When an SMS message is sent from a phone it includes reply-to information within its User Data Header, and it is this information which iOS uses to determine the source of the message. By editing this data when a message is sent an iPhone can be tricked into thinking the message has originated elsewhere.
 
Although it is not known if anyone has ever exploited this vulnerability, it could potentially allow people to conduct phishing attacks on individuals through SMS by posing as someone else.
 
Apple has since issued a statement in which it said that address spoofing is a limitation of SMS technology, and that users should instead use iMessage, which does not suffer from the same vulnerability.
 
Needless to say, you should always be cautious when receiving strange text messages, even from people you know.

 

  

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Premier League shuts down 30,000 illegal streams

The Premier League says it shut down more than 30,000 illegal internet streams of its television matches last season.
  
The Premier League says it shut down more than 30,000 illegal internet streams of its television matches last season.
 
That works out at more than 75 for every game in the 2011/12 campaign. The league says streaming is a significant problem and will look to use new anti-piracy laws against the worst offenders. A report in June warned illegal live TV websites had seen a “rapid rise” over the last year. Most live sport websites link to pirate streams hosted elsewhere.
 
They are mainly taken from foreign broadcasters’ TV coverage. Dan Johnson, a spokesman for the Premier League, said: “If you want top quality football, it costs money. “It’s not just about star performers getting paid well, it’s about investment in facilities and youth development.”

 
The enforcement company NetResult is able to automatically detect the ‘fingerprint’ of online videos, flagging up those which appear to be the same as live matches.
 
A spokesperson for the firm says they aim to shut down 80% of Premier League streams during a match. He said: “It is a case of ‘whack-a-mole’. One disappears and another one comes back online. I’m sure people who’ve tried to view Premier League content have found that it’s not the best experience. Streams can lag, they can be shut down, you have to find another one.”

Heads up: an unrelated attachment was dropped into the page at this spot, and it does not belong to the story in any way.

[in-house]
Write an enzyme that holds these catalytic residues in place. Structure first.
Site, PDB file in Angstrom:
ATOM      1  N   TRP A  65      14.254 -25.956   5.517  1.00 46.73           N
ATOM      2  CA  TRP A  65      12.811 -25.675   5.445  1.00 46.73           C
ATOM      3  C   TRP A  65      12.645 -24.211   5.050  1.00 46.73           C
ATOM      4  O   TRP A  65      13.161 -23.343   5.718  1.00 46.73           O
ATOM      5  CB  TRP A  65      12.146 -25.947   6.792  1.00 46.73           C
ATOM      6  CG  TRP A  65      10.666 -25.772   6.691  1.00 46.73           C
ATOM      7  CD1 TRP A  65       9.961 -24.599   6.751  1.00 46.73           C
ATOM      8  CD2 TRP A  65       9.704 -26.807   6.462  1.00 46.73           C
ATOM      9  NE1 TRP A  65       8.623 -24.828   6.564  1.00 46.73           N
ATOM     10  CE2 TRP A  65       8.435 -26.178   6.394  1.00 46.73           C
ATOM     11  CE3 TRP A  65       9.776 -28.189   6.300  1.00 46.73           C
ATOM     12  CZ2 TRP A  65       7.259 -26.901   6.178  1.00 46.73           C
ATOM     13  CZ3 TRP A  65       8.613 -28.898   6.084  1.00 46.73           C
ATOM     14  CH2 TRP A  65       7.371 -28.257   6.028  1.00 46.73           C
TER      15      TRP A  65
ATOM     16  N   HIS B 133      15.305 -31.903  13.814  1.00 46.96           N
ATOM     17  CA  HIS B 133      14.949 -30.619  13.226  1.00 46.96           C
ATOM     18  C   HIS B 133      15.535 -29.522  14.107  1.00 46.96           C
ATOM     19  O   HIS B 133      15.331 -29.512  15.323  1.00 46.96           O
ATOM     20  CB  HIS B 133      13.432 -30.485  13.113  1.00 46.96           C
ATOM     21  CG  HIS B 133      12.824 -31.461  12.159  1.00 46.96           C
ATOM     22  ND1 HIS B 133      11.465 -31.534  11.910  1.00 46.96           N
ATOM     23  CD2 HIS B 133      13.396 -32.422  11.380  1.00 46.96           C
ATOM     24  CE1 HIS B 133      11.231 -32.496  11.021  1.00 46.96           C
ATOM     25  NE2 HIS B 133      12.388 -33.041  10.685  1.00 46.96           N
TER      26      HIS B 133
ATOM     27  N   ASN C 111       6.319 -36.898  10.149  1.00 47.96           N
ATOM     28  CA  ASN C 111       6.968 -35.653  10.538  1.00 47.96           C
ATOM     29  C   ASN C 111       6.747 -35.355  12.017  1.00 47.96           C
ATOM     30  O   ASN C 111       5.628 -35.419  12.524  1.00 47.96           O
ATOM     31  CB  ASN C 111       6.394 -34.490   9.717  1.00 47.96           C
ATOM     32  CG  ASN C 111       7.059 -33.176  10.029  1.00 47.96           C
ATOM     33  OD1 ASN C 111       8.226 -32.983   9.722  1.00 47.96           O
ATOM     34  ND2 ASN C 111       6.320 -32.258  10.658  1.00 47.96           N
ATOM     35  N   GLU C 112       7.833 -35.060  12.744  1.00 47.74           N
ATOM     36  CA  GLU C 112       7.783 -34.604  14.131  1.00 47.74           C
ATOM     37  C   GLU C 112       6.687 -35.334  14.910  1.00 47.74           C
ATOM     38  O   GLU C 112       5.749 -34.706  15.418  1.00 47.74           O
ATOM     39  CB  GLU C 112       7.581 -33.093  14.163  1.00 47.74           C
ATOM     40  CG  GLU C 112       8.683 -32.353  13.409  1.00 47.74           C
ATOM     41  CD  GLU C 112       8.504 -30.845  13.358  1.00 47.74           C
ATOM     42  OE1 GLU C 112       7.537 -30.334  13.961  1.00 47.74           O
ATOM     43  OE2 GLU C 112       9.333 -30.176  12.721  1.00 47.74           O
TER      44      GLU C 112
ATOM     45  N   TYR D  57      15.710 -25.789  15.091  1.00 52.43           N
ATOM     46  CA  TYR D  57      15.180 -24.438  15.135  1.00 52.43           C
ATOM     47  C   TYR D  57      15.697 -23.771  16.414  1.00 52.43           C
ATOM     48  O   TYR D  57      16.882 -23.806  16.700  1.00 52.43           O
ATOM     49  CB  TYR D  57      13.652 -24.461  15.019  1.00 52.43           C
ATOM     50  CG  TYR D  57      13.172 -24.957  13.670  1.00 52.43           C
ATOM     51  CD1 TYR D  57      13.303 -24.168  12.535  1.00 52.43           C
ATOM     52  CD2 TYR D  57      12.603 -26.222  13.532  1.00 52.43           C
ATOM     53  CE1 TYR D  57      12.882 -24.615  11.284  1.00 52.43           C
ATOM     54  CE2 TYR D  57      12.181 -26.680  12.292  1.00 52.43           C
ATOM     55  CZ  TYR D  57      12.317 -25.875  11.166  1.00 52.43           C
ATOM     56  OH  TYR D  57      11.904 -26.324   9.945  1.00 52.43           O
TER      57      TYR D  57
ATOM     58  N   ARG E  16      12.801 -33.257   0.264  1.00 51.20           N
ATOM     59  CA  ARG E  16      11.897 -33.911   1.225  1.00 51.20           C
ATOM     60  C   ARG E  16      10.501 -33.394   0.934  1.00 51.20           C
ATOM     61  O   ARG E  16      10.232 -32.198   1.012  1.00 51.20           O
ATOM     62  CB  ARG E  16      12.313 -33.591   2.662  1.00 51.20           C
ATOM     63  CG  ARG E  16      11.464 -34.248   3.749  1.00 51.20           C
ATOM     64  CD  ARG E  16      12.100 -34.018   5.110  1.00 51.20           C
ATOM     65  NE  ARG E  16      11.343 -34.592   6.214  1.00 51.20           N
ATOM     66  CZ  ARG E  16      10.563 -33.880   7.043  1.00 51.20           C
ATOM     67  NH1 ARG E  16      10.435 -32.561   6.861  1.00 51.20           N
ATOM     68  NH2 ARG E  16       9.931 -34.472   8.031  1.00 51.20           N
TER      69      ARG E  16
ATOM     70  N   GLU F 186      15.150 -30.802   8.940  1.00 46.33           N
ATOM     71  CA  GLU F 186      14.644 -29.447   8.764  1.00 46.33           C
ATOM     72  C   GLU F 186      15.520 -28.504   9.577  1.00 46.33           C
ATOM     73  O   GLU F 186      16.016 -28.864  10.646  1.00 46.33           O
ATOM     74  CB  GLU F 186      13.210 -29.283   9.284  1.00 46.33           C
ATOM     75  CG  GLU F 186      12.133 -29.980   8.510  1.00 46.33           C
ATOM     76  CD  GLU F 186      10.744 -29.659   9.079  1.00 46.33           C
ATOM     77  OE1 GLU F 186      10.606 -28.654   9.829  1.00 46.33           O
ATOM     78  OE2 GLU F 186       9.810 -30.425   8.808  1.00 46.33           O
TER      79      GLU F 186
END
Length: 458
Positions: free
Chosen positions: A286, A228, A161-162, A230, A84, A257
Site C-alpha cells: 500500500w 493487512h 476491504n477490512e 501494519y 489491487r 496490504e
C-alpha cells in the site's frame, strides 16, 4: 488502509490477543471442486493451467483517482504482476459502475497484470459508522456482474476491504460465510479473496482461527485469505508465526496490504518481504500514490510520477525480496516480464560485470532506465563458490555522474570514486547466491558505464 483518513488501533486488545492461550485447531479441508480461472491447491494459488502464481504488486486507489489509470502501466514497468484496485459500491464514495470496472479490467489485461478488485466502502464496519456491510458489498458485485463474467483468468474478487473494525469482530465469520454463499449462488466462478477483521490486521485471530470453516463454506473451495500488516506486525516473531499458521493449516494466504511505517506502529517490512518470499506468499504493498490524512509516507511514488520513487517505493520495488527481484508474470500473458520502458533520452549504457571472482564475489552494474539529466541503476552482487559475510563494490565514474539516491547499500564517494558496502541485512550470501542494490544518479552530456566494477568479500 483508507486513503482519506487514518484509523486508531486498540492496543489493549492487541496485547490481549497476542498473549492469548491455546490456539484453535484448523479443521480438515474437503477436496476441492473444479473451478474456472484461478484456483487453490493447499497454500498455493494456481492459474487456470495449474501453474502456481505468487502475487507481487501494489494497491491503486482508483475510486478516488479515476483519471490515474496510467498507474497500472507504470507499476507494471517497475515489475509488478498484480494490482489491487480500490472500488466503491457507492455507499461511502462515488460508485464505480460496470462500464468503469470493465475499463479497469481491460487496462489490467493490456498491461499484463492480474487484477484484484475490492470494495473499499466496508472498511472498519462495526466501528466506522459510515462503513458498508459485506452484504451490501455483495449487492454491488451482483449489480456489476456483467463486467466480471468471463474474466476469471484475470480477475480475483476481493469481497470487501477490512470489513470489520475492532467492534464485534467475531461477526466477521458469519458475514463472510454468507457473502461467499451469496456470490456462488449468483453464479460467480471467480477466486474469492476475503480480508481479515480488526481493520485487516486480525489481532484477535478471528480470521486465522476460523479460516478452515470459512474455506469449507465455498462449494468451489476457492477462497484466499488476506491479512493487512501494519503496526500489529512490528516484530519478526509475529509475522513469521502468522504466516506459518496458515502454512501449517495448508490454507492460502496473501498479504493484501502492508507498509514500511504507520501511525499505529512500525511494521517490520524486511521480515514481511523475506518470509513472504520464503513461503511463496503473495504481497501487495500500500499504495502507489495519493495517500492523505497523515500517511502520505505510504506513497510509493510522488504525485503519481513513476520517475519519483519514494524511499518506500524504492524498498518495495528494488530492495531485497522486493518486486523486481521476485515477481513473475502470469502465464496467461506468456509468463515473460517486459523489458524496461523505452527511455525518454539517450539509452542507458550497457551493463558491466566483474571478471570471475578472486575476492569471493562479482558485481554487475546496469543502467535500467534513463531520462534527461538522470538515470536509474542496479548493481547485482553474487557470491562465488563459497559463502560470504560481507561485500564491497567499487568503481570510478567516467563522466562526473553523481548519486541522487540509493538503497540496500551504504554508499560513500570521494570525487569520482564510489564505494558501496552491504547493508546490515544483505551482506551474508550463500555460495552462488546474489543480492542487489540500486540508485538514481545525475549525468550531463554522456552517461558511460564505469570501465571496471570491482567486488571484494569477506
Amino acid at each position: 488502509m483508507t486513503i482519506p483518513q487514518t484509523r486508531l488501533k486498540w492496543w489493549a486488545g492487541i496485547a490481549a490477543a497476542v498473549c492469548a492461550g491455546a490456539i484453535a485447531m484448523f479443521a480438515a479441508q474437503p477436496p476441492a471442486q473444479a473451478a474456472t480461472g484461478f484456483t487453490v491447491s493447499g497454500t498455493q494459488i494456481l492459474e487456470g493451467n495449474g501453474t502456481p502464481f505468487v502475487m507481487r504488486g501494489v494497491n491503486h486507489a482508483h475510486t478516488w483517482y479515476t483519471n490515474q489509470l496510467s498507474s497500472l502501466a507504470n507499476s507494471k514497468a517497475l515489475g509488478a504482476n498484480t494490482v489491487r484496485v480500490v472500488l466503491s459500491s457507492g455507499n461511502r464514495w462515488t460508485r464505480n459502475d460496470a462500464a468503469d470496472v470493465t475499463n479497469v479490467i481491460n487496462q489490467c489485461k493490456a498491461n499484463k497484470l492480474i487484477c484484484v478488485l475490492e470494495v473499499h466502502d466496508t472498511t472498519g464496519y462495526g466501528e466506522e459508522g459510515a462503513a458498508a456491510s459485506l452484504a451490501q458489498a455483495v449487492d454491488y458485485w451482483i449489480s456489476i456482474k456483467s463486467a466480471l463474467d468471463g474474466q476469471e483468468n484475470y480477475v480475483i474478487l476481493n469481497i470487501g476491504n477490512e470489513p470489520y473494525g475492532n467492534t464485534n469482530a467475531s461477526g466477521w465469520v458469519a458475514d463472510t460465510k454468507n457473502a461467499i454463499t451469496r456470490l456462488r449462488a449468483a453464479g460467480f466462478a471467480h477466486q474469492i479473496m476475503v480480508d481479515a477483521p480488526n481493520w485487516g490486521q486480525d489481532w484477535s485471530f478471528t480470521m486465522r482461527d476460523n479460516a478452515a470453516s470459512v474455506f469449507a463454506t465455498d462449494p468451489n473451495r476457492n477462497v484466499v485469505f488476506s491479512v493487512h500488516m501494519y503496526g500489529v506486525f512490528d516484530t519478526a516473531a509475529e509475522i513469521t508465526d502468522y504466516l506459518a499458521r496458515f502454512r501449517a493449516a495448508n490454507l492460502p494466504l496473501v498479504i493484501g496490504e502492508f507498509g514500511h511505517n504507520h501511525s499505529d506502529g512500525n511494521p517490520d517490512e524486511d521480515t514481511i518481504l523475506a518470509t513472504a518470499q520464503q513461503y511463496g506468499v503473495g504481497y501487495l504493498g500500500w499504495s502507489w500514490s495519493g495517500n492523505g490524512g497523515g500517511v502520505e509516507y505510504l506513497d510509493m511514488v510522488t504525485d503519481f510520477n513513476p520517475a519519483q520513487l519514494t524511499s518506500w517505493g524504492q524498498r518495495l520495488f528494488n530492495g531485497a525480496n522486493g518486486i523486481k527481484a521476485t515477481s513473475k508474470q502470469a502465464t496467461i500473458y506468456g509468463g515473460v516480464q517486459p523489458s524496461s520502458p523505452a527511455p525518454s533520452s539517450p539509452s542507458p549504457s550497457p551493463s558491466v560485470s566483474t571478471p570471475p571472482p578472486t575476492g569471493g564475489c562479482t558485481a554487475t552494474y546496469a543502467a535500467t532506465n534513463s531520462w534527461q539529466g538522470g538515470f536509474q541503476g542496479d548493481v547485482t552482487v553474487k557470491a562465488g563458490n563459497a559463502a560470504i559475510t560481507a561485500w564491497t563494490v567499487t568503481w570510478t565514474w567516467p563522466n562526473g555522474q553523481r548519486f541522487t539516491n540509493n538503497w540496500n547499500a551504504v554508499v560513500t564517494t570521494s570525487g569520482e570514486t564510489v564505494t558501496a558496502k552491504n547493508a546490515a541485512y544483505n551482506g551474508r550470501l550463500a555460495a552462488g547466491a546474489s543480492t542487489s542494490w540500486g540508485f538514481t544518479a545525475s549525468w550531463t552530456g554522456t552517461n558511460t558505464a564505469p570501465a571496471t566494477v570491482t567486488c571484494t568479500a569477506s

Adam, an Arsenal fan from East Sussex, said he streamed matches only when there was no way of watching them legally. The 21-year-old says he’d be willing to pay to watch Arsenal games online, and doesn’t agree with the rule that Saturday 3pm kick-off matches can’t be broadcast. “Clearly there’s a lot of money in football,” he said. “There aren’t players out on the streets busking. Everyone is still getting paid. I haven’t seen any proper evidence that showing three o’clock games on TV would do that much damage.”

 
A law has been passed meaning illegal downloaders could be sent warning letters and even have their broadband cut off. Ofcom says it’s not yet clear how that applies to streaming, and that no letters will be sent out until 2014.
 
Earlier this week Anton Vickerman from Gateshead was jailed for running Surfthechannel.com, a site which linked to pirated material. He defended his site in an email comparing it to a search engine. He wrote: “If a person walked up to me in the street and asked directions to Barclays Bank and then went there and robbed it, would that make me a co-conspirator in a bank robbery? In reality the person who is doing the streaming is the person who authorities should be chasing.”
 
 

Phone shop staff misleading customers over ‘fixed’ mobile phone contracts

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Mystery shopping carried out by Which? shows sales staff giving inaccurate information about the possibility of price increases.

New undercover research carried out by Which? revealed that the vast majority (82 %) of staff in mobile phone shops they visited gave incorrect information about potential price rises on ‘fixed’ phone contracts at the point of sale.

Astonishingly, 82% of shop assistants maintained that the price was fixed even when asked if it would stay the same throughout the length of the contract. All shop assistants, when prompted, claimed that the features will stay the same throughout the contract.

Which? recently launched the ‘Fixed Means Fixed’ campaign, which has already received almost 20,000 pledges of support from consumers, calling on phone companies to ensure that the price, and all aspects of fixed deals, remain the same for the full length of mobile phone contracts.

In the past year, four out of the five main phone operators have taken advantage of a hidden clause that allows them to increase prices on contracts that appear to be ‘fixed’, a practice potentially netting the industry up to £90m in a year.

Which? executive director, Richard Lloyd, says: “It’s totally unacceptable that people aren’t being told the full story about potential price rises when signing up to contracts in mobile phone shops. Shockingly, even when we asked directly about price increases, the vast majority of staff denied this could happen.

“There should be no nasty surprises after signing a mobile contract. People must be confident that fixed really does mean fixed.”

Recent Which? research found that 70% of people on fixed contracts did not know that mobile phone companies could increase prices during the length of their contract.

The Which? Fixed Means Fixed campaign is calling on operators to advertise upfront the possibility of price rises and, if prices do increase, to allow people to switch contracts without penalty. Which? has also complained to the regulator, Ofcom.

 

The net keeps getting cheaper while prices soar on the High Street